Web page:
Fay initiated other programmes distinctive to St Hugh’s, but were later adopted by other schools. Two such were an open-door policy and every child was rewarded for achievement at prize giving (e.g., improvement in reading, courtesy, helpfulness).
Other initiatives under Fay’s leadership were: a) Jamaica hosting the first International Conference on Giftedness at the Seabed Authority Conference Centre; b) St Hugh’s Environment Club attended the World Environment Conference in Eastbourne, London c) Students and teachers visited Cuba to promote Spanish, neighbourliness, and compassion; d) establishment of sponsorship programmes for needy and deserving children thus maintaining cultural blend; e) Scholarships for teachers re personal development.
Rodgers-Jenkinson was the first female, full-time, lay dean of the United Theological College of the West Indies (UTCWI). All her skills were utilised in supervising the academic programmes, progress of students, monitoring and scheduling courses, and collaborating oversight of the accreditation process. She ensured that staff adhered to deadlines, engineered the holistic formation of future church workers, and played the piano at services. She sourced resources for disabled students and arranged links to surrounding communities, including the UWI.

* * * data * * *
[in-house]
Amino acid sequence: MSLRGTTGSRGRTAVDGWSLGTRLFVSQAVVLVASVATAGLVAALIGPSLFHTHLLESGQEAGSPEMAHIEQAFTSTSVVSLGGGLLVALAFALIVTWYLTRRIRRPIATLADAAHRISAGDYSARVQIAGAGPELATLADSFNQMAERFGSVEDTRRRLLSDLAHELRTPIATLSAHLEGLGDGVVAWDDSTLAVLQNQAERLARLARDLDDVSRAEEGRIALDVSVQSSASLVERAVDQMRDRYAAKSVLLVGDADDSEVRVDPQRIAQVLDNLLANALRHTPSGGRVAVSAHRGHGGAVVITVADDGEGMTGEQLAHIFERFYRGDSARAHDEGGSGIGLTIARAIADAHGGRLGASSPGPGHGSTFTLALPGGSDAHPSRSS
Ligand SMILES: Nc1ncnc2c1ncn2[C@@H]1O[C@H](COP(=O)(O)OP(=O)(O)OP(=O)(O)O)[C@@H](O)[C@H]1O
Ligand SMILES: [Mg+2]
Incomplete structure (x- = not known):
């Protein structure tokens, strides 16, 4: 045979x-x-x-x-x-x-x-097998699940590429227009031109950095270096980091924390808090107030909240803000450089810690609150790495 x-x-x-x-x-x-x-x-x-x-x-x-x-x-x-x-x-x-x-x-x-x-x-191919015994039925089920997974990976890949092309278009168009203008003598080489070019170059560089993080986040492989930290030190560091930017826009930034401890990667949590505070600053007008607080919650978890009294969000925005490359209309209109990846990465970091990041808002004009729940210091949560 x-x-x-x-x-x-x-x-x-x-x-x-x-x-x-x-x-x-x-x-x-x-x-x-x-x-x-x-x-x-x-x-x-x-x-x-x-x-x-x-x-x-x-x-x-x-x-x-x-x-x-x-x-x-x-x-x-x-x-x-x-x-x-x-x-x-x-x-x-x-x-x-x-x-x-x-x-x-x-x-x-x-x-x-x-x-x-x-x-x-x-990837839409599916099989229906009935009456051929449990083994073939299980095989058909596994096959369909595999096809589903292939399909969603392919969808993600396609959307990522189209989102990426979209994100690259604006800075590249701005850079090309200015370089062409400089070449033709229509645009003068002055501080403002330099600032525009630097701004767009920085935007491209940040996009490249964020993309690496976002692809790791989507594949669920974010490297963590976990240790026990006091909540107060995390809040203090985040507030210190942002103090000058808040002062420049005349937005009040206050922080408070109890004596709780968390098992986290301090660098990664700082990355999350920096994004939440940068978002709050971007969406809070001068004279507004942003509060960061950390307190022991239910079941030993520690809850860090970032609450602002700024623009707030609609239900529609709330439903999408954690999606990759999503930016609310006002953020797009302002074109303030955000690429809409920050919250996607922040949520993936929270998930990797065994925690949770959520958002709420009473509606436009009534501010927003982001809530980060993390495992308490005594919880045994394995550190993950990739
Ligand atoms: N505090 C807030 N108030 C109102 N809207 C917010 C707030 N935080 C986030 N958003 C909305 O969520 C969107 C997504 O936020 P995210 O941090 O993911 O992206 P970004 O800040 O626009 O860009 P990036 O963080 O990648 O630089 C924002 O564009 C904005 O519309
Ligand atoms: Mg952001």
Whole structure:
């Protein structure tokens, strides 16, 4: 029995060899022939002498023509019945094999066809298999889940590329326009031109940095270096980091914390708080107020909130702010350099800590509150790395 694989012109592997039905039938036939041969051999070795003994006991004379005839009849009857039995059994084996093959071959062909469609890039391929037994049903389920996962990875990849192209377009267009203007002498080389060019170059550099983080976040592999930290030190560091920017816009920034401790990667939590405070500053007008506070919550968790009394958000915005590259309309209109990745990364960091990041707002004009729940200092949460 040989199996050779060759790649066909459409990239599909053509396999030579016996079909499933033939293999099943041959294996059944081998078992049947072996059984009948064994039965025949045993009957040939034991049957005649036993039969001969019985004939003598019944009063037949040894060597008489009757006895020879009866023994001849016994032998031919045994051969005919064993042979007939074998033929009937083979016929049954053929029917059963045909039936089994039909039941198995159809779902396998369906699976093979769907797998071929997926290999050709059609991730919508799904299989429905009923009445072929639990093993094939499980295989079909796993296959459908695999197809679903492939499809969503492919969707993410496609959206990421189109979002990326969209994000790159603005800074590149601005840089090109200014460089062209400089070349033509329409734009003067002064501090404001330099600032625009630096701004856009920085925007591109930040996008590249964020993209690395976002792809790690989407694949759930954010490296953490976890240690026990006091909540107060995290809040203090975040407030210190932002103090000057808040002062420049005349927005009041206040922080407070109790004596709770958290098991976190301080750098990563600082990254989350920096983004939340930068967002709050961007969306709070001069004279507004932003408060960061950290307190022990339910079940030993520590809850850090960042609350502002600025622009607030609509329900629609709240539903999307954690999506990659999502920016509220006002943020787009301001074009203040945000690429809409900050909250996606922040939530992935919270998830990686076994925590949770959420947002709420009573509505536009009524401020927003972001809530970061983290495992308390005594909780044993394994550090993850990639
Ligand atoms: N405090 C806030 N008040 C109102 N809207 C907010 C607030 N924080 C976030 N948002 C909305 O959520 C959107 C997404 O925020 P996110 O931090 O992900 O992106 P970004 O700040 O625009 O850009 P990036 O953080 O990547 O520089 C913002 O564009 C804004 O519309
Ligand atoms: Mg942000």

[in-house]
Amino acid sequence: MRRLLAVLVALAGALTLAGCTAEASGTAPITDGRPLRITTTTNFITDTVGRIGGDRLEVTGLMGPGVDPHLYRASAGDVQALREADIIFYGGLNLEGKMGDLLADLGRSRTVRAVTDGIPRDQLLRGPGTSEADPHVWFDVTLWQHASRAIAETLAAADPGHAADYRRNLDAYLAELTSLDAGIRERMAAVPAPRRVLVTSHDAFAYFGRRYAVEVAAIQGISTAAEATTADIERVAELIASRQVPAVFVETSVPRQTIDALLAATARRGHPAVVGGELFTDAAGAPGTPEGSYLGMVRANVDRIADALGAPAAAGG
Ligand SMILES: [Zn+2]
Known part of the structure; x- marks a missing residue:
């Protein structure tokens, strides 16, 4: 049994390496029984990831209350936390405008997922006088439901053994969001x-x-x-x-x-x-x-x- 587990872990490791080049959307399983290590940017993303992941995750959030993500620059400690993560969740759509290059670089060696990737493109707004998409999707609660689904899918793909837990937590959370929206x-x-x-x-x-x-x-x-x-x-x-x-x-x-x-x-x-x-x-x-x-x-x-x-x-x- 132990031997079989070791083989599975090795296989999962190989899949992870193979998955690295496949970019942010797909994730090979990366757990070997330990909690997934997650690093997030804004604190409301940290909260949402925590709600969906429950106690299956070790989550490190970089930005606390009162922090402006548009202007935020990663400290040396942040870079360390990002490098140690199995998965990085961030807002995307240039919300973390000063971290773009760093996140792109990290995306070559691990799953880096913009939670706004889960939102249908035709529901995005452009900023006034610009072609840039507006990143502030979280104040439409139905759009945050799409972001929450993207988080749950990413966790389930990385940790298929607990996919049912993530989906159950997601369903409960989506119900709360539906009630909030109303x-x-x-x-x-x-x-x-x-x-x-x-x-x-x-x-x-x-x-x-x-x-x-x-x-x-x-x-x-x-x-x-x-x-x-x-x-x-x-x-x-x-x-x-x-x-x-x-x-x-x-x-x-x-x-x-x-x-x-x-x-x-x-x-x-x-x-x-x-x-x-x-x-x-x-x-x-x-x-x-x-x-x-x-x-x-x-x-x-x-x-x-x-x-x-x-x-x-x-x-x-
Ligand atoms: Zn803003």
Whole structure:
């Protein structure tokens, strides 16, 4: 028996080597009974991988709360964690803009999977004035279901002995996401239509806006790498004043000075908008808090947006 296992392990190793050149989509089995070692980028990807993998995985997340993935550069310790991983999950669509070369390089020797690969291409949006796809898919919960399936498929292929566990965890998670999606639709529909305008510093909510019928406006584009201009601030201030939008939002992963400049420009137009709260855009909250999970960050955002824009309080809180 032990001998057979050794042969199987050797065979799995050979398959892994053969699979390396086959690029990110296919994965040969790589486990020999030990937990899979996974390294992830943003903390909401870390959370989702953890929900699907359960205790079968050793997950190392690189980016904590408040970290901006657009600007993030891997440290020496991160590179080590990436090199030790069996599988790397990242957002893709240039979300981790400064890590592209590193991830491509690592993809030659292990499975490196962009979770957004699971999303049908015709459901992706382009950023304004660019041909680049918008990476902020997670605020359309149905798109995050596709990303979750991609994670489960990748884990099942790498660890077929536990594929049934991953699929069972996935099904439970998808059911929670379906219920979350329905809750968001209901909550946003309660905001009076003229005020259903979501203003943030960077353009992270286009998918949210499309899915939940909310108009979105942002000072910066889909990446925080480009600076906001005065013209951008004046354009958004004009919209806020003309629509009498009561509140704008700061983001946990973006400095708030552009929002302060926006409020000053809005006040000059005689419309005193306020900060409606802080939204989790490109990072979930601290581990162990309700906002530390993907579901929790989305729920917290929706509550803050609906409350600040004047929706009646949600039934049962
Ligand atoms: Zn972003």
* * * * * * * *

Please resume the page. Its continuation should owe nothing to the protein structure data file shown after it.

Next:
Dispersed amid this was Fay’s hospitality to international students during holidays, functions, meetings (little touches of flowers and pretty dishes), faculty/their children, other staff members, and organising students’ welfare. She nurtured the soft side of campus life amid much opposition. Fay’s use of French to facilitate the needs of the Haitian students (many were unfamiliar with English and Jamaican society) was commendable. So was the courage displayed during severe, personal, physical challenges.
Fay’s passion and dedication to UTCWI blazed a formidable path for the optimum performance of students at the undergraduate and graduate levels. She boldly debated critical issues at board meetings, articulating with ease and frankness, her ethical, biblical, theological, socio-cultural, and pragmatic positions. She’ll be remembered as a tireless warrior for ecumenism.
She was an agent of change, visionary, gifted administrator, educator extraordinaire, model of hope, and a creative charismatic within and outside of the classroom. She embraced the alienated and discriminated against wherever she served, and her passion for detail and kindness was exemplary.
A woman of integrity and consummate professional, Fay exercised exceptional leadership skills. Failure wasn’t an option and illness didn’t stop her from her duties. It, however, prevented her from completing her thesis for the PhD she had commenced at the UTCWI. She, undoubtedly, earned the respect of her peers as one of Jamaica’s most outstanding educators.
Fay Rodgers-Jenkinson quietly departed this world on August 30. No earthly acclaim, yet angels above applauded – a life well lived. Rest well, Lady Fay.
– Francis Walters-Tavares